I think on some level, I've always strived to be intentional and enjoy life as…
So I rescued a kitten! Yes, I did the cliched lockdown thing & got a cat. It was actually an idea I hyjacked from my boyfriend a few months ago, thinking that I could do with a little friend to come home to. So I put my name down for little Barclay at the RSPCA Stubbington Ark.
He is 5 months old & rather lovely. We are becoming pretty good friends although he is terrified of strangers but we’ll get there. As soon as I knew he was coming home with me I wanted to buy him all the things: toys so he wouldn’t be bored, treats to make him happy & cat trees to climb. It dawned on me quite quickly that buying brand new mass-produced stuff that he might never use isn’t the most sustainable.
The Everyday Waste
When it comes to our pets, it’s the things we buy to make our own lives easier as well as the things we think our animals need that is the problem. As well as the usual food packaging & (for cats anyway) the litter, we have to be mindful of the manufactured plastic items. The toys, beds, climbing trees, all the things we are convinced they will love. On my first trip to the pet shop, I’ll admit I was suckered into it all!
For food, tins are always better than pouches when it comes to recycling unless you are able to feed your pet a raw diet from a low waste provider. I haven’t been able to look it to this to a large extent only because Barclay has tummy troubles. I am having to feed him a special sensitive food for now. It comes in pouches & recycling these is tricky.
Litter was easier & after looking at what is actually in standard commercial cat litter, I started to look at alternatives like wood pellets & shavings. I will always pick the clumping variety for convenience & of the wood-based litters I have tried, the best one I found is Natusan. It’s easy to deal with & dispose of. Also, if you live in the London area, you can subscribe to their collection service. You can buy the litter on its own or as part of a kit. The kits include a cardboard litter tray & box. On collection, they pick up everything & compost the waste. Natusan is more expensive than most but if you are able to take advantage of their monthly subscription & composting service, it’s worth the money in my opinion.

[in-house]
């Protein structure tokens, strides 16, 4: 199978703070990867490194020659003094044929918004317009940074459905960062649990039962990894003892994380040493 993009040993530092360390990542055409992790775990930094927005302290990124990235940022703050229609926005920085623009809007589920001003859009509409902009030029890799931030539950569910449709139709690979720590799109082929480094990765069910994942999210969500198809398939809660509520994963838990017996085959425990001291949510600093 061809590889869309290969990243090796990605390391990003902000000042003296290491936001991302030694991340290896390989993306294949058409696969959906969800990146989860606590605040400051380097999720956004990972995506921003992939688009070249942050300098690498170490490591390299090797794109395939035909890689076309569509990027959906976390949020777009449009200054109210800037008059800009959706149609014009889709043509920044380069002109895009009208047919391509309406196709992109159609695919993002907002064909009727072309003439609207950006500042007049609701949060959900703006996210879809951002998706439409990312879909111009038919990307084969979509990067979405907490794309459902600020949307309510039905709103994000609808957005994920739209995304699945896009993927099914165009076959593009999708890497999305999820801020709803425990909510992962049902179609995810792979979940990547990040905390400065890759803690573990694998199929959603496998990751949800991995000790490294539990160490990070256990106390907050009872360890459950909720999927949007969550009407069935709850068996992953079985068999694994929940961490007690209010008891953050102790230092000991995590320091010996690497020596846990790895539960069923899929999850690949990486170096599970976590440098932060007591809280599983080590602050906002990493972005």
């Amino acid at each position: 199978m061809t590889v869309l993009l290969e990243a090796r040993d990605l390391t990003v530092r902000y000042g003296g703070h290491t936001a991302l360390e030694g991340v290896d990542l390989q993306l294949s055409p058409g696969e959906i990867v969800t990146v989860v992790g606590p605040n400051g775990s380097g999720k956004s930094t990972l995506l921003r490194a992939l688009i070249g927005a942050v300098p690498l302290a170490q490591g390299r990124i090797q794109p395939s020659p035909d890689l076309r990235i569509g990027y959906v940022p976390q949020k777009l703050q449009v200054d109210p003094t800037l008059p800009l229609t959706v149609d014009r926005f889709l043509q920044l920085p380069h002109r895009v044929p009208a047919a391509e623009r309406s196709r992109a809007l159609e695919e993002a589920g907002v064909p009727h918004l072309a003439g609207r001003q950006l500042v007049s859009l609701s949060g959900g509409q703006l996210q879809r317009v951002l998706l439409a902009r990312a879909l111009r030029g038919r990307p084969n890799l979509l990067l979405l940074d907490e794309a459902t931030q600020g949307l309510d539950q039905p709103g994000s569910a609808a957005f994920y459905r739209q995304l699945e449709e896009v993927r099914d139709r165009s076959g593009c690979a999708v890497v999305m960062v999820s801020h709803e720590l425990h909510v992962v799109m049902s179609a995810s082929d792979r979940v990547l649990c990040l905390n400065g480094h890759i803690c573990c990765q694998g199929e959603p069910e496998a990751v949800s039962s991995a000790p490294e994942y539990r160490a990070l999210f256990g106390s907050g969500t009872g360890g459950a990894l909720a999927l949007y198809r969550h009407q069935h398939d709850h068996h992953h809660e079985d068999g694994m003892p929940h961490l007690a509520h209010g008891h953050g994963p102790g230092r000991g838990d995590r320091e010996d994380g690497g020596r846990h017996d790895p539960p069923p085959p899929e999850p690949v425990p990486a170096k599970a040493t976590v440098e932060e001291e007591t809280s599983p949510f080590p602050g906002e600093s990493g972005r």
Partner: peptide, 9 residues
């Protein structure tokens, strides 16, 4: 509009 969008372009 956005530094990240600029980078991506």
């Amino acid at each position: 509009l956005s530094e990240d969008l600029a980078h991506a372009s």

As with anything you choose for your pet, a lot rides on what they prefer. Barclay will use both the fine litter & the granules but I know that some cats are a lot fussier. I am giving an alternative here but your pet will ultimately have the final say!
Do you need to buy it?
It’s so easy to get caught up in a buying frenzy when stocking up for your new pet. I speak from experience here. I managed to reign it in a little but not before buying a new pet bed & a few plastic toys. Thankfully Barclay uses them all but I still feel a bit guilty for buying the toys that I could well have made or thought more carefully about where I bought them from.
When making any purchase, the Buyerarchy of Needs by Sarah Lazarivic is an excellent visual way to make us think about that purchase. With most items, aside from the essentials, buying new should be the last resort.
This can be applied to stocking up on stuff for new animal buddies. Make a list of what you need, minus the essential items like food that will be repeat purchases. Then go through the buyerarchy when considering each item. Think about the following, working from the bottom to the top: